2. This was awkward: "THATS ALL I WANT.....PLEEEZ HELP DEARS". I suspect you were trying to be cute, or friendly, or something along those lines. I also suspect a cultural or linguistic translation problem, where this might be a literal translation of something you might say natively to good effect.

          Unfortunately, I think most people are inclined instead to interpret this as an attempt to be ingratiating and manipulative.

          Though it is wise to show humility when seeking assistance, and to adopt the posture of a student who is addressing a teacher (regardless of the actual relationship or lack thereof), there's an odd social balance point for this. Too much demonstration of humility, and it starts to sound like either wheedling or manipulation. Too little demonstration of humility, and it sounds haughty, arrogant, and pushy. There is a grace required to find that middle ground, and it is more difficult in writing since the facial expressions, body language, and tones of voice are all missing -- typical problems for E-mail and related media. Nonetheless, it is wise to find that balance point, and respectfully request assistance when it is needed and then be on your way with whatever your goals are once you've gotten what you need.

        3. You were fairly consistently asked to supply the code you'd tried, and to your credit, you finally did supply it. I'll admit I'm too lazy to examine the timestamps on all the messages and examine everything in time sequence, but based on the threaded display, it seems like it might have taken you a few rounds of conversation to finally post some code.

          Regardless of whether that's actually what happened, it is wise to pay attention to any clues you get when seeking assistance. If almost everyone asks you to do something as part of their answer to your request, you can rest fairly well-assured that your best answers are going to come only after you comply with that oft-repeated request. You don't have to understand why it is needed, but you should be intelligent enough to see that everyone who is responding is requesting it, and wise enough to comply.

          This is a general statement; it does not apply simply to you. In some ways, I am writing this rambling diatribe to help anyone else who stumbles across this thread in the future, in case they don't understand this fairly basic concept. THE WORLD DOES NOT EXIST TO SERVE YOU. When you ask for help, the wisest way to ask for it is with humility. It is no loss to you, for a moment, to admit that someone else is better than you in some small way -- and if they teach you what they know, they will no longer be better than you in this way. So honor their status as teacher for a brief moment, and quite often, the teacher will give you more than the handful of rice for which you asked. You will often find that teachers, who teach because they find value in sharing their information, knowledge, and experience with others, want to transfer not just knowledge, but also understanding. But if you treat them with disdain, they will quite commonly (and, in my opinion, quite accurately) deduce that you are not worthy of the understanding, and may at best share only the knowledge. Often they will simply ignore you. But treat them with respect, and they will often give you the world.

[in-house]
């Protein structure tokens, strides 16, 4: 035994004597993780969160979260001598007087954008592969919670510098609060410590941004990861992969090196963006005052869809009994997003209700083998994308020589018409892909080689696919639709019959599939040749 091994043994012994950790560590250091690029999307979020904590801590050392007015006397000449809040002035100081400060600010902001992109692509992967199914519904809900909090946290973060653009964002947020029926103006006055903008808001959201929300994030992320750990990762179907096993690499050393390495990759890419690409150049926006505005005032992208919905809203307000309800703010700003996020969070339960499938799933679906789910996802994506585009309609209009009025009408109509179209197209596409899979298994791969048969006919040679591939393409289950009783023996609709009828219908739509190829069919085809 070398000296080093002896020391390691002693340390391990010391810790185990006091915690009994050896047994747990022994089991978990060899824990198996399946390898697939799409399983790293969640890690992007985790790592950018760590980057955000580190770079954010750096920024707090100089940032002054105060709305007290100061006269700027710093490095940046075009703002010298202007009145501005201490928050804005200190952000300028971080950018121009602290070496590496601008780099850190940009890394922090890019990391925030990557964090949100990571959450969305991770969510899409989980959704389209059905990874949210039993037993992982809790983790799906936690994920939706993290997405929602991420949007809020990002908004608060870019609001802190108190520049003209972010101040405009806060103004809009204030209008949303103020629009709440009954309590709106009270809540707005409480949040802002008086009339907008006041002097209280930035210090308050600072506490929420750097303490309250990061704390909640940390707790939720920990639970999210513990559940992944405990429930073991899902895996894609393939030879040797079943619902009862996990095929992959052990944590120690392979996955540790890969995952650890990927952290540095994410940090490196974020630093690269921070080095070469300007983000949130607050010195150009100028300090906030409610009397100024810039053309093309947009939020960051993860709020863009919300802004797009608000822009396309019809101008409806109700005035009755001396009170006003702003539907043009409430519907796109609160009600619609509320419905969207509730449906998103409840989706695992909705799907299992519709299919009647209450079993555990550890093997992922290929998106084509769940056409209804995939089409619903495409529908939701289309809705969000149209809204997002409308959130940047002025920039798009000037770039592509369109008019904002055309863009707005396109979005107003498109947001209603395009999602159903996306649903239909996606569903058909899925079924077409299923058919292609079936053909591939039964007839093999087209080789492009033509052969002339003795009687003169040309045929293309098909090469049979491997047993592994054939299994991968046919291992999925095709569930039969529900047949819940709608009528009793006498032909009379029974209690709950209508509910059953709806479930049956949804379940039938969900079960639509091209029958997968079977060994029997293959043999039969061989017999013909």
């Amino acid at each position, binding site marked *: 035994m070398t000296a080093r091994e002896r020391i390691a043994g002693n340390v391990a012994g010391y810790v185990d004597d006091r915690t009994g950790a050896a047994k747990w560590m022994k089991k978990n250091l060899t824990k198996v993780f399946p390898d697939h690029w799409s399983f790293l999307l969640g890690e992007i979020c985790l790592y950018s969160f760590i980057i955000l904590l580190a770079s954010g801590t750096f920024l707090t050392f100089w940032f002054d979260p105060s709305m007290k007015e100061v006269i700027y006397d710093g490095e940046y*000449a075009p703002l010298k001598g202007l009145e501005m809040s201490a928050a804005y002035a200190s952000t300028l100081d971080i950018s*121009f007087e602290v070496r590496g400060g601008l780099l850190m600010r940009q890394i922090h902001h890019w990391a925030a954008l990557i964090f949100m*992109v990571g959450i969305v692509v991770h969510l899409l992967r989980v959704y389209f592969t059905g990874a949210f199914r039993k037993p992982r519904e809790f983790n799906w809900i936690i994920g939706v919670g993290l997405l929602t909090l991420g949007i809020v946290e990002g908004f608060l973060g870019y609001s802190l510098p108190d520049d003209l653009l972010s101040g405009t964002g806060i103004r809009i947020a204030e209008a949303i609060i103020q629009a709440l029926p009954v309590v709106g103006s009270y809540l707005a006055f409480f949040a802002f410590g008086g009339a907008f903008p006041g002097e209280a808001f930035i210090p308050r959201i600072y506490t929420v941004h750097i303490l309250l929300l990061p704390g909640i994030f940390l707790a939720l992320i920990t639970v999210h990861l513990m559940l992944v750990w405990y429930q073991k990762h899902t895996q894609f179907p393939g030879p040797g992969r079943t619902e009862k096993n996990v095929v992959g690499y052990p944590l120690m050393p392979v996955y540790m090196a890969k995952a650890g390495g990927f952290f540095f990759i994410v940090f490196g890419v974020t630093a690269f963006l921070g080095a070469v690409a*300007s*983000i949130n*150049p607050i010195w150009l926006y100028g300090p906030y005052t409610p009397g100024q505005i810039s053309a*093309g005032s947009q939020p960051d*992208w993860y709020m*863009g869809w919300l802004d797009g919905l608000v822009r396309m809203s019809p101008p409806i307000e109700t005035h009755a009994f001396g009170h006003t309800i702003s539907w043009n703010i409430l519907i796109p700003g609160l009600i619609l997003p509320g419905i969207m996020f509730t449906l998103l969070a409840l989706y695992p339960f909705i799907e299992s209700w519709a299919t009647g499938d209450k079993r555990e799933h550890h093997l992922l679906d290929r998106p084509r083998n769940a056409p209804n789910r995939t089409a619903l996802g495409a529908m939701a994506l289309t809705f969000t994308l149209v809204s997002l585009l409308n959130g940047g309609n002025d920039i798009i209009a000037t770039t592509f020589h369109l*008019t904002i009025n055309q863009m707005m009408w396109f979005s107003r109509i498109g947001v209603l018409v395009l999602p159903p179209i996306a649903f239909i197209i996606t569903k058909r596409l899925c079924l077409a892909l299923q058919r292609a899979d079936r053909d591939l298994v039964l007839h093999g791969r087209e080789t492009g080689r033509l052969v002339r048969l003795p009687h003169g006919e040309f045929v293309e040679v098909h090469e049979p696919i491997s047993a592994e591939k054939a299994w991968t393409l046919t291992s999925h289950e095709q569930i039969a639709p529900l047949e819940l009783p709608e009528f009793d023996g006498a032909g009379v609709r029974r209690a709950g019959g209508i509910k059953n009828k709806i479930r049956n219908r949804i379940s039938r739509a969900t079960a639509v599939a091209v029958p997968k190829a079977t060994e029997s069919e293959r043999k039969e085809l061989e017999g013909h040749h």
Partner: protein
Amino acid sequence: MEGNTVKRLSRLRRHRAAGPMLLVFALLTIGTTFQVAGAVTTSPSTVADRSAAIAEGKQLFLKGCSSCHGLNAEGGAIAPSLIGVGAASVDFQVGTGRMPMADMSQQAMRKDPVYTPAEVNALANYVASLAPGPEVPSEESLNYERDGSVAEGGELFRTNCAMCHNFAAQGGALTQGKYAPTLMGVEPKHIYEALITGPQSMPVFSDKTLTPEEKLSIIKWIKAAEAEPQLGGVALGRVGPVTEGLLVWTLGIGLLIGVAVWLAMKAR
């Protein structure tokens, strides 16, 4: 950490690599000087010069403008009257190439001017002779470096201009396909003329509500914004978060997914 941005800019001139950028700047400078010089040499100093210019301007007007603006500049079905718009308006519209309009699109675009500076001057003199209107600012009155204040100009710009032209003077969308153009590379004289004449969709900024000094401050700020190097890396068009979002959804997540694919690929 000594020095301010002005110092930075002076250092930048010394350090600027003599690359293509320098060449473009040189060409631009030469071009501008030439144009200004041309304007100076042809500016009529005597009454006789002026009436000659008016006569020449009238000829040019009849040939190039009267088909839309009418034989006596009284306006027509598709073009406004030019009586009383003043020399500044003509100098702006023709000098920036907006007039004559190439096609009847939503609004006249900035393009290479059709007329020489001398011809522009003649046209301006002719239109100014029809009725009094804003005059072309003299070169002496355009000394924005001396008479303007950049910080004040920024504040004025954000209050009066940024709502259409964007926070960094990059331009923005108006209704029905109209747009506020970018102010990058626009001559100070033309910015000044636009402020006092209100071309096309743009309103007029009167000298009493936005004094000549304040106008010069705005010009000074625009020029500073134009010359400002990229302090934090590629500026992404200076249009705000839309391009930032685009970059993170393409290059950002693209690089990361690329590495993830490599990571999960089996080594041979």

4. As far as I can see in this particular instance, the basic failing point is that you, like all of us, have assumptions about how some of Perl's mechanisms work, but not having used them before, some of your assumptions may be incorrect. This is extremely common for people new to writing software, and even somewhat common, though notably less so, for people learning a new software language.

          For some reason, we humans have a tendency to forget how we breached those obstacles in our own early days as software developers. Worse, some of us didn't have to overcome them as the concepts appeared as natural as breathing. So getting irritated responses is common when a newbie comes along and asks questions full of inaccurate assumptions. But don't worry about it. Ask your questions, remember your graces whilst doing so, and, as the old saying goes, "When the student is ready, the teacher will appear."

        Again, none of this is meant as a slam towards you specifically. I truely hope I have made clear that I understand your intentions were probably honest, and that many of the problems may lie in lack of experience with crossing cultural or linguistic boundaries.

        But if you master the grace I have described above (and I admit, much of it you probably already knew), I suspect you will find that aid comes to you as quickly and easily as you ask for it most of the time.

        And if I'm wrong, then at least I got to ramble on for a bit. :-) We old-timers like to do that from time to time.

        So, anyway -- back to waiting for your reply so we can get you past this challenge and on to solving bigger and better problems in the world.

Re^4: string value assignment
by Anonymous Monk on May 14, 2011 at 12:11 UTC
    we cant solve it

      Ah, the wisdom of "Anonymous Monk" once again presents us with its graces.


Re^4: string value assignment
by abidq (Initiate) on May 14, 2011 at 16:40 UTC
    sorry i got asleep while solving now listen:

    #!/usr/bin/perl $line=$ARGV[0]; #input file1 containing string list $name=$ARGV[1]; #output file, given at linux command chomp($line); chomp($name); $amino="ABC"; @cc=split(//,$amino); $line=~ s/[\s]//g; @prot=split(//,$line); $len=@prot; open(NAS,">>$name"); print NAS"0"; close NAS; open(MAJ,"valfile"); #input file 2 containing values while($li=<MAJ>){ chomp($li); $val=""; @value=split(/ +/,$li); for($p=0;$p<@prot;$p++){ for($a=0;$a<@cc;$a++){ if($prot[$p] eq "$cc[$a]"){ $val +=$value[$a]; } } $val1=$val/$len; $val1=sprintf "%5.3f",$val1; } $number++; open(MAL,">>$name"); print MAL" $number:$val1"; close MAL; } close MAJ; open(MAL1,">>$name"); print MAL1"\n"; close MAL1;

    this code finely processes the string but only line 1 ;your job is to make it take all lines of string LIKE THE WAY IT TAKES ALL LINES FROM VALUES (input file 2 ) FILE. also go through my original question where instructions/pseudo code is given